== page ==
Gilbert and Sullivan's The Pirates of Penzance has docked at the Theatre Royal once again.
This production by The Scottish Opera and D'Oyly Carte is nicely staged with stylised, almost cartoon like, sets, (by designer Jamie Varten) which actually add to the staging, especially in the second half. The large cast and orchestra is a delight to see and hear, especially in the settings of the Theatre Royal, which adds an extra delight to the proceedings.
Although to have the words displayed in English, when the show is sung in English does seem to be a little odd. This is not too distracting until the words kept disappearing part way through a song - it would be improved by having them on all the time.
Telling the story of Frederic (a role shared by Nicholas Sharratt and Sam Furness at different performances) who has serviced his apprenticeship with the Pirates of Penzance after his former nursemaid, (Rosie Aldridge) misheard he should serve his apprenticeship as a pilot.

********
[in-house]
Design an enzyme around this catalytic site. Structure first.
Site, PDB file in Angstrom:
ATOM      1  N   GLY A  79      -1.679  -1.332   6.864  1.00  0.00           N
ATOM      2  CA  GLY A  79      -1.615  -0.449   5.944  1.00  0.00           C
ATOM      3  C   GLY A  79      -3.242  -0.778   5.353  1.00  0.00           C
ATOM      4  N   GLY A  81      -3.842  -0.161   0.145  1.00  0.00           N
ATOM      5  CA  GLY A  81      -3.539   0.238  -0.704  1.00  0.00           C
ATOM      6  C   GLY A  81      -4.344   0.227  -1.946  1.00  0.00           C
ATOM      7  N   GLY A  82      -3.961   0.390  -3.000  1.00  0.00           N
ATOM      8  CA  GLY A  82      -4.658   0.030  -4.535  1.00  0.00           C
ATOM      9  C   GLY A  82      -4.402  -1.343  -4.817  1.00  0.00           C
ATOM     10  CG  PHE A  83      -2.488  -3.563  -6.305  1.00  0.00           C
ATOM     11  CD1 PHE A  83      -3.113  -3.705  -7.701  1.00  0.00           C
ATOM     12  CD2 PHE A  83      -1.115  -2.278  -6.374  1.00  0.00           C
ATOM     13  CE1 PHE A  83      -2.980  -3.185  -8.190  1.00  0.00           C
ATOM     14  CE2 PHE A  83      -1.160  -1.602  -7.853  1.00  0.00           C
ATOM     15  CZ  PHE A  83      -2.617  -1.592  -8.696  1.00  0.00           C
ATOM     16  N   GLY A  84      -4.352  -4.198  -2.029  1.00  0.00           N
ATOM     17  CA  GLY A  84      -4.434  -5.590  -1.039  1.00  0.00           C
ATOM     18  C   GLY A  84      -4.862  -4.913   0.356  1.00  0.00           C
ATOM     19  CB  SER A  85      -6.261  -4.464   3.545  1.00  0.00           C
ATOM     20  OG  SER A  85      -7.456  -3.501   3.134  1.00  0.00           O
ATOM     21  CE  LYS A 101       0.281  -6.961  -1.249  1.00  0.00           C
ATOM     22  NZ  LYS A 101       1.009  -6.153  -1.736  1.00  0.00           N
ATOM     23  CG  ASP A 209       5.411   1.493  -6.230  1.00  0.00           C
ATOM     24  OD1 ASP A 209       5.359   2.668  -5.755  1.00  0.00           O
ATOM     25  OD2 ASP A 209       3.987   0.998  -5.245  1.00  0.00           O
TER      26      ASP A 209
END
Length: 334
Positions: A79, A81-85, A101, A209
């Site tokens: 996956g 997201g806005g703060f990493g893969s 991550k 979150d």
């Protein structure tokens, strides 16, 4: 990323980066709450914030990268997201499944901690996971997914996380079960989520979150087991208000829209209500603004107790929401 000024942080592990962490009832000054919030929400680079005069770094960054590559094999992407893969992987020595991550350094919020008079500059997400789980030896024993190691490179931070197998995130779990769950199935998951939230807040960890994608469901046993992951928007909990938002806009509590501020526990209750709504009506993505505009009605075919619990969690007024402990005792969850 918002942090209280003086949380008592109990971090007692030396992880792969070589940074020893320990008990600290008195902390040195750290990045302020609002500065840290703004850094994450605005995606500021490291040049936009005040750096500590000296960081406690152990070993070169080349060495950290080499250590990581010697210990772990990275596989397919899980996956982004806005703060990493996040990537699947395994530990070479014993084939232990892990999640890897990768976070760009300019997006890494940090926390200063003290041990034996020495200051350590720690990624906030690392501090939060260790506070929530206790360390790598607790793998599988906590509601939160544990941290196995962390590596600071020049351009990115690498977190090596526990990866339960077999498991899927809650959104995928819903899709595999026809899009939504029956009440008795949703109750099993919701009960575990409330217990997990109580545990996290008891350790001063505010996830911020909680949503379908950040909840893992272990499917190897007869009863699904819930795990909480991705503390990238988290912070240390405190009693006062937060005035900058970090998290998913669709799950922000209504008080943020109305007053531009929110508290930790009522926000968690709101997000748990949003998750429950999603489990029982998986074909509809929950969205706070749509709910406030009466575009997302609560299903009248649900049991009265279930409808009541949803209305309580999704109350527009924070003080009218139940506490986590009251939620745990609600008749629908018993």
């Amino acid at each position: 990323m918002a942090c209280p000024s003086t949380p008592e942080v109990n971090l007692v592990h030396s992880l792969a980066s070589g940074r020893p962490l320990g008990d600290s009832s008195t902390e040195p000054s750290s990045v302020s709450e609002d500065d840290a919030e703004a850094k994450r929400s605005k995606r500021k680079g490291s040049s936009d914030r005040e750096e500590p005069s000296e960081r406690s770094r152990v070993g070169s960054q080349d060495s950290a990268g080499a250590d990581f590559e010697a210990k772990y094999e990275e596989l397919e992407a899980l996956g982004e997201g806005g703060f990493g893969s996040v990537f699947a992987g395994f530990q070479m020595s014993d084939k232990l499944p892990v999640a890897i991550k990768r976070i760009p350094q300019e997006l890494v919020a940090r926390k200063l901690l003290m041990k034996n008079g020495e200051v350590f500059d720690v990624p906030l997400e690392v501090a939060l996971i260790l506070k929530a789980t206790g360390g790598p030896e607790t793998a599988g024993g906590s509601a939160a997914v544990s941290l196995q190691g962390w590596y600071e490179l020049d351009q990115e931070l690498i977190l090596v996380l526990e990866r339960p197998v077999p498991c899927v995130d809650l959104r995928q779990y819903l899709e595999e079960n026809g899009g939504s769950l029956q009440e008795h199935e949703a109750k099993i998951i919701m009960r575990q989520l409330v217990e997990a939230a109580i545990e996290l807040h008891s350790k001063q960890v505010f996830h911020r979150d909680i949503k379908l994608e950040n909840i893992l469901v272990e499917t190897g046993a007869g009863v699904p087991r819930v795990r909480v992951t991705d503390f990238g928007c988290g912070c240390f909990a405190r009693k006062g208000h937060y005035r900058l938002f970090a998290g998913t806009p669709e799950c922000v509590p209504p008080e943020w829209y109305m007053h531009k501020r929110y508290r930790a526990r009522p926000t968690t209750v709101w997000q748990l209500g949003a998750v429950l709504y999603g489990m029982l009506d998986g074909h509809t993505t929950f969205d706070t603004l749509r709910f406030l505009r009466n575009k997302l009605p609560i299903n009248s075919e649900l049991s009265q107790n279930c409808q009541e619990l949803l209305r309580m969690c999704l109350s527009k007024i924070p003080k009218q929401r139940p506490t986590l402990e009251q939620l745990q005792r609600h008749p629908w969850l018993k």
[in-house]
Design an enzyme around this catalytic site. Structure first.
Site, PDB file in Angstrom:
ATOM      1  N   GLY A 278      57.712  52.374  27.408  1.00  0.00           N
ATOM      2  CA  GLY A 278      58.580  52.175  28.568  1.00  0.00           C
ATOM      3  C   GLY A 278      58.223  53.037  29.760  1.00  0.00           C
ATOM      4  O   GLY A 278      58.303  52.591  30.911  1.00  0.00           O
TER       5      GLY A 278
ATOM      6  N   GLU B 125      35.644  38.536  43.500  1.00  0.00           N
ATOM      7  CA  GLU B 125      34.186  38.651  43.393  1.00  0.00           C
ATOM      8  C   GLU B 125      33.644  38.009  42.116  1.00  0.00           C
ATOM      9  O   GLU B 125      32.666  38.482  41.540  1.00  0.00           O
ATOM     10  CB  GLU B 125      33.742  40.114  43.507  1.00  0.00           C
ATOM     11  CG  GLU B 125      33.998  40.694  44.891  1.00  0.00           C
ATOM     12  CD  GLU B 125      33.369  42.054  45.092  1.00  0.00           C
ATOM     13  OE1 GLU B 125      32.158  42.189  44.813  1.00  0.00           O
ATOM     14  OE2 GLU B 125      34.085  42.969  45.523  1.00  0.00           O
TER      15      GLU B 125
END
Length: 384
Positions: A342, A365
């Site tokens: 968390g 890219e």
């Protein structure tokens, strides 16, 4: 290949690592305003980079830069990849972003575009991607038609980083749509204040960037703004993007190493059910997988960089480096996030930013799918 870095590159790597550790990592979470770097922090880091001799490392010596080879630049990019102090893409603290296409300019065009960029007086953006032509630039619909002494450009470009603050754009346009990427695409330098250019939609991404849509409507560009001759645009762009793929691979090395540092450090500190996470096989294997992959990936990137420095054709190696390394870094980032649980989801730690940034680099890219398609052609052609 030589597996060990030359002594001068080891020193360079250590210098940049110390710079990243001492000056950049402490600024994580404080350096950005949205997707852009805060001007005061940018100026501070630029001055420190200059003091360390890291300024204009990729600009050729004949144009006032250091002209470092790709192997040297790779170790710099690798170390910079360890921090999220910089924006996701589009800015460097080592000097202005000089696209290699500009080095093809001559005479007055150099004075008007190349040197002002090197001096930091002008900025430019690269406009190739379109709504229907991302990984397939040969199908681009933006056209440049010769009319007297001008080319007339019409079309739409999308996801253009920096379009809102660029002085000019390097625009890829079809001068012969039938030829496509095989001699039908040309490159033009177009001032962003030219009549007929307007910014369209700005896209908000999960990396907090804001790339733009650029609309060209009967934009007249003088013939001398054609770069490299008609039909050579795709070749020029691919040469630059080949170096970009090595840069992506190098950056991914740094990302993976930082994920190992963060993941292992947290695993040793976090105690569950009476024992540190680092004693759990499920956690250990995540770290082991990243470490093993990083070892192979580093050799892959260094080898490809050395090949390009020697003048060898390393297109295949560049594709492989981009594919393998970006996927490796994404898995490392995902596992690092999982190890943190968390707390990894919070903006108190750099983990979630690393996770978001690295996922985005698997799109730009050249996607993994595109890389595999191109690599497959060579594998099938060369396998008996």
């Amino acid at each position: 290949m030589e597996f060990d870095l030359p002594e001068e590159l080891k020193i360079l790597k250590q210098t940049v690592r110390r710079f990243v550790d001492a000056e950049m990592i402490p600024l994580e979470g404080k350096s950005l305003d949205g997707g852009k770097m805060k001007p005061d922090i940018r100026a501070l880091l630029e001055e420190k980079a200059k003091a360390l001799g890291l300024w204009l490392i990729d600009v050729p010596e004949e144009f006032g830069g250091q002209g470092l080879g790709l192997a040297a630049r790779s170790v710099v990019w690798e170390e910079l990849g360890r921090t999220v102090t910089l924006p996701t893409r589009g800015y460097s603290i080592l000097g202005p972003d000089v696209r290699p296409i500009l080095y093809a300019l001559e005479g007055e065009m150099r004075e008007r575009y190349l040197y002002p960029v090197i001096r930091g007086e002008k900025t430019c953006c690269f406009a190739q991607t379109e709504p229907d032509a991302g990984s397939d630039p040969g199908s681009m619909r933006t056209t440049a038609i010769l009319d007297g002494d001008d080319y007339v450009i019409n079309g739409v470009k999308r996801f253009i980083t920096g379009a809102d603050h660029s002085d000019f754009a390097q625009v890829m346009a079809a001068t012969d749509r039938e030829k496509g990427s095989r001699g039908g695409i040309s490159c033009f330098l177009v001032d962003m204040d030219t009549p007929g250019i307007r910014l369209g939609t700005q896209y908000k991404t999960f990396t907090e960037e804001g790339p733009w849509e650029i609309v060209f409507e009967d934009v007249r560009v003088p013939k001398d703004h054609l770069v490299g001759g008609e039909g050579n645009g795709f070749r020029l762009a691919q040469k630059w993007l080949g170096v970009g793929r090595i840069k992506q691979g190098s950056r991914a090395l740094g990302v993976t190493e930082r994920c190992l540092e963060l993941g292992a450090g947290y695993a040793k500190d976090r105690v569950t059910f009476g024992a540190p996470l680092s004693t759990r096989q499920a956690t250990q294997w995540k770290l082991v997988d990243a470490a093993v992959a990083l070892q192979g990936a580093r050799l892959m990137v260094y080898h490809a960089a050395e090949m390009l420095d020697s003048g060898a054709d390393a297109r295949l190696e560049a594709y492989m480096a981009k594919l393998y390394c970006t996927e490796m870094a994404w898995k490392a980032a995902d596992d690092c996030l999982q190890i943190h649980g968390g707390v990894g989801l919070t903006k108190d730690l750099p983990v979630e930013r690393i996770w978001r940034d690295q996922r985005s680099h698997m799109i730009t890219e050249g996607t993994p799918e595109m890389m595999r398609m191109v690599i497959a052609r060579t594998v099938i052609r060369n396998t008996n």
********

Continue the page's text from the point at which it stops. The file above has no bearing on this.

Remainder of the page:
The story never slows as we follow Frederic leaving the pirates, having served until he is twenty-one. He then encounters a group of young ladies for the first time and thwarts his nursemaid's chances of becoming his wife when he falls in love with Mabel (Rebecca Bottone)
However, when it is revealed he was born on February 29th he has to re-join the Pirates, as technically he is only five years old. Add in to the mix Major General Stanley (Richard Suart), the police and some of Gilbert and Sullivan's best known songs and you have a great night's entertainment.